European Deafblind Union statement regarding the euthanasia of deaf Belgian twins.
European Deafblind Union (EDBU) and its national members works for equality and full participation in society by deafblind people in all European countries.
On December 14, 2012, deaf twins in Belgium were granted their wish to be euthanized. It was reported that the twins had sought euthanasia because they were turning blind and were scared of becoming isolated, institutionalized and a burden on their family. The press purported that the twins believed it better to be dead than deafblind. It later transpired the twins sought death not only because they were deaf and becoming blind, but because they suffered from other physical challenges and were in pain.
EDBU was shocked by the news reports stating that the deaf Belgian twins were granted euthanasia after learning that they would lose their sight. We were dismayed with the reports as deaf blindness is not a deadly disease, nor is it associated with long physical pain or suffering. With assistance from rehabilitation experts, sign language services and family members it is possible to live a fulfilled and rich life as deafblind.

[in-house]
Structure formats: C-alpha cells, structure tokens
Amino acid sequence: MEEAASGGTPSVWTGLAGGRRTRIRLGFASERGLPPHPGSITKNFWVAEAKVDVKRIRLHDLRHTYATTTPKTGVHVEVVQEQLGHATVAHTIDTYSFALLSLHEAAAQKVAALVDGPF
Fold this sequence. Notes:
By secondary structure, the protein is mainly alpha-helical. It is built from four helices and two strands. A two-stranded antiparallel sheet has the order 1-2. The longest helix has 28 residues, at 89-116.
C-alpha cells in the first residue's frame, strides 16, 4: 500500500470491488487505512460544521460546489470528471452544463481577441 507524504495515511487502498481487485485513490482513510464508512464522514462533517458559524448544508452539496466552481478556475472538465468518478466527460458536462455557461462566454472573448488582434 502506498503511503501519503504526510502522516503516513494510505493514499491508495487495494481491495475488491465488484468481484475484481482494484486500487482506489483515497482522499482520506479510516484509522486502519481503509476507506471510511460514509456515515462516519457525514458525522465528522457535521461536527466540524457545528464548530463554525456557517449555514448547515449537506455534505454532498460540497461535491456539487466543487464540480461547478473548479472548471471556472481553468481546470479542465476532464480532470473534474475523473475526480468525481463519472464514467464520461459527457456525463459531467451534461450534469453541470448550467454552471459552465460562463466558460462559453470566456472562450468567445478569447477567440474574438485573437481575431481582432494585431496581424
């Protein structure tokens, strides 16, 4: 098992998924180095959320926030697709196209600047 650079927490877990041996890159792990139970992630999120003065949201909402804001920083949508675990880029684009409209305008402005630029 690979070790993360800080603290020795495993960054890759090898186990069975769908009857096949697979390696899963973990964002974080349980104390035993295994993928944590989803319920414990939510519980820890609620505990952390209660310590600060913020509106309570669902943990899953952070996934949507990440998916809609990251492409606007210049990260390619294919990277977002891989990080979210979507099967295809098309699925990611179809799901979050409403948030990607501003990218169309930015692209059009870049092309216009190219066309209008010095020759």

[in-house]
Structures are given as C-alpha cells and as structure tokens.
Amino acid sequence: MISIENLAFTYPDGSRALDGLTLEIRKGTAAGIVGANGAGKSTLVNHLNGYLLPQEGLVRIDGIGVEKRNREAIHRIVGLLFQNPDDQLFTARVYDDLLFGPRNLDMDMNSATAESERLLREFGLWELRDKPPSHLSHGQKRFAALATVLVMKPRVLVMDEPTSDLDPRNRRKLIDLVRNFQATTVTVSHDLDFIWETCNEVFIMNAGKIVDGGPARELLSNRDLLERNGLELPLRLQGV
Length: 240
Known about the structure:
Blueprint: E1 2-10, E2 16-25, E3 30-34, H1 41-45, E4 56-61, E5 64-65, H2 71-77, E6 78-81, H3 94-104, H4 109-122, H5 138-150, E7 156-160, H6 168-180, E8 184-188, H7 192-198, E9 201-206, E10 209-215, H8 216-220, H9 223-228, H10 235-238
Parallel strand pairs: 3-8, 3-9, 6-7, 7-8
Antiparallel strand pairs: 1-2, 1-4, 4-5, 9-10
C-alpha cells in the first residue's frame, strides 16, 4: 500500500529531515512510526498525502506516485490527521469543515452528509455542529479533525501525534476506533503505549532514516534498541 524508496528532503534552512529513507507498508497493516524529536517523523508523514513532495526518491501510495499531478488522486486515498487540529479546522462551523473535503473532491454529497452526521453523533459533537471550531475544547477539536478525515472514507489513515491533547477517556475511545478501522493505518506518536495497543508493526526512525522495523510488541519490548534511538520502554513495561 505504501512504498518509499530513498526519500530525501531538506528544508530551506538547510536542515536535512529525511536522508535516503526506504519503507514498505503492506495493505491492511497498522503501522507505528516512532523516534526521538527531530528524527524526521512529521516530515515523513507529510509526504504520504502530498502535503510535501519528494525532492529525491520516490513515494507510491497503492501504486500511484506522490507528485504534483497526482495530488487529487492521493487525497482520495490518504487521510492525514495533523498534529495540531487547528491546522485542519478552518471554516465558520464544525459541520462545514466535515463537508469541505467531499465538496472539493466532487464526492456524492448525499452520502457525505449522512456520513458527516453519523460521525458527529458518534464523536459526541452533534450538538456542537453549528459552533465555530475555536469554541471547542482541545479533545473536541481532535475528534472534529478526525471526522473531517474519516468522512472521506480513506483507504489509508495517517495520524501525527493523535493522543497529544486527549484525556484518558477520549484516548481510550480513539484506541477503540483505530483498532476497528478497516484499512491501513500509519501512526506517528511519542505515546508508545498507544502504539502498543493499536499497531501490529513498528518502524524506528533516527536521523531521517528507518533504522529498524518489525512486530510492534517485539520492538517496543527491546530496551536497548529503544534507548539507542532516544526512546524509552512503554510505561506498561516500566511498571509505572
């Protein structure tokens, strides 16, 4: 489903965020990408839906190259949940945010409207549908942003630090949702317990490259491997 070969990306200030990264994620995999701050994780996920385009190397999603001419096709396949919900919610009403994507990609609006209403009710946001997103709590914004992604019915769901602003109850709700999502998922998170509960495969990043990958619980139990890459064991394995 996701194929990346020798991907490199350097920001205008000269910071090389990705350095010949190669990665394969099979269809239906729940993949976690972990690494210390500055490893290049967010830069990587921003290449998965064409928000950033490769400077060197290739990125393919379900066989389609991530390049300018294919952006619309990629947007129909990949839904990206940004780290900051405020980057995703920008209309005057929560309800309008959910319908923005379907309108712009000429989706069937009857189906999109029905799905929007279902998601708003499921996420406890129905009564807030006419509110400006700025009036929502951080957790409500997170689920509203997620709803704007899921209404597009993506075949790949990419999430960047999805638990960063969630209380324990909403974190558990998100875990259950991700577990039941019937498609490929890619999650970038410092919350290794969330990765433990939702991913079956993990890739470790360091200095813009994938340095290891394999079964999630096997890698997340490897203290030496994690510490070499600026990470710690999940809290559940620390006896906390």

We do not know to what extent the prospect of becoming deafblind influenced the brothers’ decision to apply for euthanasia, but the media coverage of this case certainly reflects a lack of knowledge about deaf blindness and prejudices associated with the condition. We are worried that physicians and other professionals, especially those who approve euthanasia, do not have sufficient information regarding the abilities and possibilities for deafblind people.
The media coverage of this case is a horrible example for deafblind and those with prospects of becoming deafblind in particular, and people living with disabilities in general. We are very concerned that these reports may influence other people with disabilities, or people with a fear of becoming disabled, to seek and be granted euthanasia.
EDBU call on all countries where euthanasia is legal or planned to review the legislation for euthanasia and make sure that the general public knows of the possibilities and opportunities for people living with disabilities.